When I first started interfacing electronics with computers back in the early 90’s my hardware choice was an ISA AD/DA card. So when I wanted to experiment with some physical computing stuff recently, I thought of getting an AD/DA card that can be plugged into either a PCI or a PCI Express slot.
But a fairly recent dedicated AD/DA board with a PCI or PCI Express interface is way too expensive for casual hobbyist. So I started researching for alternatives that is both capable and inexpensive and it did not take long for me to come to a rather short list of choices: BASIC Stamp and Arduino.
Since Arduino is an entirely open sourced platform (both hardware and the software) and is relatively inexpensive, I thought it might be a good starting point. (I got mine from NCK Electronics)
The latest Arduino Duemilanove board comes with an Atmel ATMega328P microcontroller. Unlike an AD/DA card which is host only, Arduino is capable of running either with host (communicating with computer via USB port) or stand-alone. This feature makes it even more attractive. On the programming side, you can either write code with the Arduino IDE using higher level functions or write against the AVR-GCC libraries directly using lower level primitives. All the coding can be done in the familiar plain-old C/C++. You can also interface the Arduino with Processing.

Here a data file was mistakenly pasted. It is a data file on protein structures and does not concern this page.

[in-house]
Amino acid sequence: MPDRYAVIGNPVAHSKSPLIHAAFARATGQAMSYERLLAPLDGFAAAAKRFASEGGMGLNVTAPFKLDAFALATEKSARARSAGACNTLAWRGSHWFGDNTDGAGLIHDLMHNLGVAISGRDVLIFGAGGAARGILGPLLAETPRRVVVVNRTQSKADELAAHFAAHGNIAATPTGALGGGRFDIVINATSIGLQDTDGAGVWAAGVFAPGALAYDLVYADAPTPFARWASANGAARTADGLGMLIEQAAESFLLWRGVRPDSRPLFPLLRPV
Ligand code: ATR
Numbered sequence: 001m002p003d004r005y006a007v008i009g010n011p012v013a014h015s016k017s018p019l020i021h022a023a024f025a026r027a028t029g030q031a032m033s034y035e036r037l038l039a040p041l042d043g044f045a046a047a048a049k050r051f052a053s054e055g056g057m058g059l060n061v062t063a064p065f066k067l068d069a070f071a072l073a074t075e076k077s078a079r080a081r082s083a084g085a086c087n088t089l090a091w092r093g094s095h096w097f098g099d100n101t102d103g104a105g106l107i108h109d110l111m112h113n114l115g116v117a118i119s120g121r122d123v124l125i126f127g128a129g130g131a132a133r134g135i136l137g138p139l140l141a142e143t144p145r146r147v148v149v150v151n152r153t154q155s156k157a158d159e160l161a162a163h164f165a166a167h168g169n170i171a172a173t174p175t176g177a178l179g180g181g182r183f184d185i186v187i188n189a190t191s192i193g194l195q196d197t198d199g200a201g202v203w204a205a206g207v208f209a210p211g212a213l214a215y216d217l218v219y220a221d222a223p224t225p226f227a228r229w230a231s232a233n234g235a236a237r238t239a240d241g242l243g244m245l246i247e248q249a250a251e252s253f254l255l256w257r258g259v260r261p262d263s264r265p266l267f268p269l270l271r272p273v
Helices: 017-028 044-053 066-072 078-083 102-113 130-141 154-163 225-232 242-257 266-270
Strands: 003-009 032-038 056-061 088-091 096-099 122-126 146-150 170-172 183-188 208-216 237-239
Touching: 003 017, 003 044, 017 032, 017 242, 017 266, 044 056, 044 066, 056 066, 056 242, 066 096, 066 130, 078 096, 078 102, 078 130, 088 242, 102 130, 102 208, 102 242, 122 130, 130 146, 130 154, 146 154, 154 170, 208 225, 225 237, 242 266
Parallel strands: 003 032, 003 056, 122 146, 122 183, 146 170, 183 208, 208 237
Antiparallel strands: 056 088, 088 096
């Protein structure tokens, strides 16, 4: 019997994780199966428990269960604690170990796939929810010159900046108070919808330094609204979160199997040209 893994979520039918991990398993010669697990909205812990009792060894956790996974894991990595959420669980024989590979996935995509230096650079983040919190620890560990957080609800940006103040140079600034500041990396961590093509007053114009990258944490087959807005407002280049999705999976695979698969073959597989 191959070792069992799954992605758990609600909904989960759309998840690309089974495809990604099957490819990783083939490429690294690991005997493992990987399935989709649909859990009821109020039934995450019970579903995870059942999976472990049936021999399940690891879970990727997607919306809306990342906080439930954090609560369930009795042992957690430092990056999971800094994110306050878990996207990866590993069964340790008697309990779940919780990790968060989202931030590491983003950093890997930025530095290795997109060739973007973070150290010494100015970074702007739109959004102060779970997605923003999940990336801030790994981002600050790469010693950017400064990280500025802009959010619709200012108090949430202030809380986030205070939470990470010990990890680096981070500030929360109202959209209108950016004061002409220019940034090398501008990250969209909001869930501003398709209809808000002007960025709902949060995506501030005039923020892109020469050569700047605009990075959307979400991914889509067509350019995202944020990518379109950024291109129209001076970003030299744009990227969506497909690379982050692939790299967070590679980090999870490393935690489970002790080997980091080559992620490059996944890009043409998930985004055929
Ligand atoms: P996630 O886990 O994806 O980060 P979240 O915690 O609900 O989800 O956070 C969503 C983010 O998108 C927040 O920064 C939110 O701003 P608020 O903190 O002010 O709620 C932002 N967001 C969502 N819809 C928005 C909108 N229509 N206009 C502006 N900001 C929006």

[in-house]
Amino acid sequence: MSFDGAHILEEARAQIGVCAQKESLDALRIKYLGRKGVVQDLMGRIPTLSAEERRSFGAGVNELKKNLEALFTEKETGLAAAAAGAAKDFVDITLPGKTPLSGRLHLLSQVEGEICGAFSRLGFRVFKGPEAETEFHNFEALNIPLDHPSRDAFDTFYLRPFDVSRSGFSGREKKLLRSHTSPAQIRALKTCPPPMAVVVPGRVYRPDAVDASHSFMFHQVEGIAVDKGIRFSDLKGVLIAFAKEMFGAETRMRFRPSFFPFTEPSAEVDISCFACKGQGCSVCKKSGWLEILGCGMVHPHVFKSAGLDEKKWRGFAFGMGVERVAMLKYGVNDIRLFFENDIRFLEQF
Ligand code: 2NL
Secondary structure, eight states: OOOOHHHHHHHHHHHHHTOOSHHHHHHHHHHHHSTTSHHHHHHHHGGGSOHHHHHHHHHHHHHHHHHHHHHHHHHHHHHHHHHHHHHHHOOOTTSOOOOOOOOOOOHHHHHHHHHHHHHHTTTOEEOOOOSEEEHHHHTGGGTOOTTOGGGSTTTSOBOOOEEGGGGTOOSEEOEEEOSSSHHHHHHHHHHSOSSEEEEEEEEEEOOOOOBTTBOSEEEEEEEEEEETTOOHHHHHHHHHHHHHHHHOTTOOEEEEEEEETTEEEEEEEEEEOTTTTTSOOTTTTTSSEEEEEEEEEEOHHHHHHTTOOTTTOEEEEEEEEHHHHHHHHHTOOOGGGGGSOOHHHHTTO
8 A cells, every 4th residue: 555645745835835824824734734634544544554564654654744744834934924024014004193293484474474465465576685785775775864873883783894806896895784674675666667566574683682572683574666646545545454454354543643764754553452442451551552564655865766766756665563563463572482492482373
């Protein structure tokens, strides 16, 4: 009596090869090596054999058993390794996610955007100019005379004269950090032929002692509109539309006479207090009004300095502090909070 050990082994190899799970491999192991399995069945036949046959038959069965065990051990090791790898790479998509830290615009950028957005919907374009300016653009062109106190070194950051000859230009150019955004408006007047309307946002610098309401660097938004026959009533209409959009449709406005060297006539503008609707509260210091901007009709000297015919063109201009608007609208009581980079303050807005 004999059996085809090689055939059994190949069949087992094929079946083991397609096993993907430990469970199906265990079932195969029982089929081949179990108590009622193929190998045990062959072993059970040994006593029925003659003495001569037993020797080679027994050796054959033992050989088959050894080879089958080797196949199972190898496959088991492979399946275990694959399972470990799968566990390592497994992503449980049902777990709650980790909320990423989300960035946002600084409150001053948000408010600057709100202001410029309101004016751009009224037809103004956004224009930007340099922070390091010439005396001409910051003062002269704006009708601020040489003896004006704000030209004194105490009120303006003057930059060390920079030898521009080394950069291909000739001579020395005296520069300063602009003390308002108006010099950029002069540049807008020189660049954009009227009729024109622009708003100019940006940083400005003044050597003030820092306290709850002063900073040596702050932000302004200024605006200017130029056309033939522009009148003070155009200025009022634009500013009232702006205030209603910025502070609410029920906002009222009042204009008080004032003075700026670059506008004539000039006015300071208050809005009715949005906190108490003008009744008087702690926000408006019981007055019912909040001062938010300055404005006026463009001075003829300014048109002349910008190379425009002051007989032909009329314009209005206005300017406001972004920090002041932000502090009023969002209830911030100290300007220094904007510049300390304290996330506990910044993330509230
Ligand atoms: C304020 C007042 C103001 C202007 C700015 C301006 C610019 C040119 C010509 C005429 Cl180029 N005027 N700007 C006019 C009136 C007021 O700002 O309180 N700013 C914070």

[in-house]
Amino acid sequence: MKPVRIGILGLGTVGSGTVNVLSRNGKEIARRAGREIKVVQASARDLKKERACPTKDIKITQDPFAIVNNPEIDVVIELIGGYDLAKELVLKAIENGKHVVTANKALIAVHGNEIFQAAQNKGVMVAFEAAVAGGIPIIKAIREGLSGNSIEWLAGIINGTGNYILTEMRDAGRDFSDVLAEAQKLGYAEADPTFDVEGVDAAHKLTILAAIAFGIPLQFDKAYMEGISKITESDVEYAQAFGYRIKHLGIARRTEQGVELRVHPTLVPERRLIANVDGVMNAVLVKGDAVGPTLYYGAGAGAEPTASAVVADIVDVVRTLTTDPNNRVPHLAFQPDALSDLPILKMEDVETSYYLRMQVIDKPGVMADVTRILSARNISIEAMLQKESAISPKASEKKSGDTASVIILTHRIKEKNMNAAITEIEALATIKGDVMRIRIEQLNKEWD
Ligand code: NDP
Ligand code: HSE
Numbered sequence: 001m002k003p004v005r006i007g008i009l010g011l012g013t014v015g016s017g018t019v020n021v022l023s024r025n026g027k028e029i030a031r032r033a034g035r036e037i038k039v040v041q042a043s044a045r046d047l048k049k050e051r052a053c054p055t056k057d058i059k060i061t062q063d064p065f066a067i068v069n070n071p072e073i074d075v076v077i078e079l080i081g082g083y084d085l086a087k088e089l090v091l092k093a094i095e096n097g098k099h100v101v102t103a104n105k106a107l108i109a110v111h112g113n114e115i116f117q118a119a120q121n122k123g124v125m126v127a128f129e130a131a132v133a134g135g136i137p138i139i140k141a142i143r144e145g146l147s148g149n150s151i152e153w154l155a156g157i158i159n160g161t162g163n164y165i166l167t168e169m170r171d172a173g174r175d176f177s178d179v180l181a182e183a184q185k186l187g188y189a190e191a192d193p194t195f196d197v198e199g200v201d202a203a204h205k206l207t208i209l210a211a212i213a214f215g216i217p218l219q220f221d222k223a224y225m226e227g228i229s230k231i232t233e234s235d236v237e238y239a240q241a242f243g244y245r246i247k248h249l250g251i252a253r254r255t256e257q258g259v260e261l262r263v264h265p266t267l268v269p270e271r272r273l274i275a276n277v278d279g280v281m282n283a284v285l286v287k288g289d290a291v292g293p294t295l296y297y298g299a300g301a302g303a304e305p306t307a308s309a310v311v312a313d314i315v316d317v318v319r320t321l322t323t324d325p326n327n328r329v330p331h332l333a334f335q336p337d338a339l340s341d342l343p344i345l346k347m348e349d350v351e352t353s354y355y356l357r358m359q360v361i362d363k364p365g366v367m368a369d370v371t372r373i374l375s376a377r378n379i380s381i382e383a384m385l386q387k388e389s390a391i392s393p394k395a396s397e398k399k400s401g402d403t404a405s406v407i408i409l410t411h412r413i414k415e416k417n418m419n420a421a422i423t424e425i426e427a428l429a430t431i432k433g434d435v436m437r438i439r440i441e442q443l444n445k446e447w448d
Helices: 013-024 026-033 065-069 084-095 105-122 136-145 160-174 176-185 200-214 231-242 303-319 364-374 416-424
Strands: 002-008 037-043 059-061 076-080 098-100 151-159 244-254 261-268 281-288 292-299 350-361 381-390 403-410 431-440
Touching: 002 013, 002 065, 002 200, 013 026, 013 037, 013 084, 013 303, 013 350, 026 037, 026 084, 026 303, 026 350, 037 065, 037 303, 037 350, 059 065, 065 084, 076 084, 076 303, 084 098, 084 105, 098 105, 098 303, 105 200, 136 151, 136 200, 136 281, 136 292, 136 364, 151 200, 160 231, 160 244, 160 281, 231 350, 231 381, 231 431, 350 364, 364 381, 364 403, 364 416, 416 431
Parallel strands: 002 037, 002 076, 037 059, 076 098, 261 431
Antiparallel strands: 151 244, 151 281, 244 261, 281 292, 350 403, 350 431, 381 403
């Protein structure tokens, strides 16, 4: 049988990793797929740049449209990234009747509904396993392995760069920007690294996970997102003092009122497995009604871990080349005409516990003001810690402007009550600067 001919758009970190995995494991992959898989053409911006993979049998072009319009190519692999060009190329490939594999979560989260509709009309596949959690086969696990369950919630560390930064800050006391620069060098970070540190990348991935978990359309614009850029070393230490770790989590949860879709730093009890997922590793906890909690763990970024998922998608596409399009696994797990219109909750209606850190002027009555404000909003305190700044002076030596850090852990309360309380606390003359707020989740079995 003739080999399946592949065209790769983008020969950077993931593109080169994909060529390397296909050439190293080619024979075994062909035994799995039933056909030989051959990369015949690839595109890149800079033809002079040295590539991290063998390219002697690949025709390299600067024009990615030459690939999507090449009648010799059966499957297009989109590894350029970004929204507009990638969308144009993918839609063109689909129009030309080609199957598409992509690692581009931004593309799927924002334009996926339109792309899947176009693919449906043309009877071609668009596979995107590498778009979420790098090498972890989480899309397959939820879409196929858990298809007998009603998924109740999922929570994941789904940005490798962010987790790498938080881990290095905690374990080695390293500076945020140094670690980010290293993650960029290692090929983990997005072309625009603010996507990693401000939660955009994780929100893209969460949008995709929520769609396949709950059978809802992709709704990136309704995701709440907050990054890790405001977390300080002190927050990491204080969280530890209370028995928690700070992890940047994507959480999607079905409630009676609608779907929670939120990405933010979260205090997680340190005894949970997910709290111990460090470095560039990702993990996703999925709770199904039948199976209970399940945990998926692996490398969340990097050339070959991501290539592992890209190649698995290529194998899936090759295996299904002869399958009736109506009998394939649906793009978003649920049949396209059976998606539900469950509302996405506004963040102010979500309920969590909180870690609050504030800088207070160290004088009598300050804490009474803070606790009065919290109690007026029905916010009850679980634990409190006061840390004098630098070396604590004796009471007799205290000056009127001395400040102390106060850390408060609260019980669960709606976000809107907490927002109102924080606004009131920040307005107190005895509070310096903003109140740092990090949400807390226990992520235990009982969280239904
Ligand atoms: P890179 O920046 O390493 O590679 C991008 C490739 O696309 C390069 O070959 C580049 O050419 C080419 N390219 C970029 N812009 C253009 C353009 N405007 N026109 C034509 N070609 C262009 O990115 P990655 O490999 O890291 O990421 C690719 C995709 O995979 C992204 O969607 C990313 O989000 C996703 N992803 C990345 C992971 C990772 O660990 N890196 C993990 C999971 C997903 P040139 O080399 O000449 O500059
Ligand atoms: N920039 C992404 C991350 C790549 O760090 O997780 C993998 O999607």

I setup my Arduino environment (version 18) on Ubuntu 9.10 (64 bit). Please note that if your setup is similar to mine, you might want to update your RXTX libraries (both librxtxSerial.so and RXTXcomm.jar located under Arduino lib folder to the latest version RXTX-2.2pre2) due to bugs in the previous version that cause the serial monitor to crash. Processing also uses these libraries and they need to be replaced as well if you need the serial communication capability.
So far I am very pleased with the Arduino Duemilanove after going through a few examples on the Arduino site and I am sure I will find something to write about in the near future.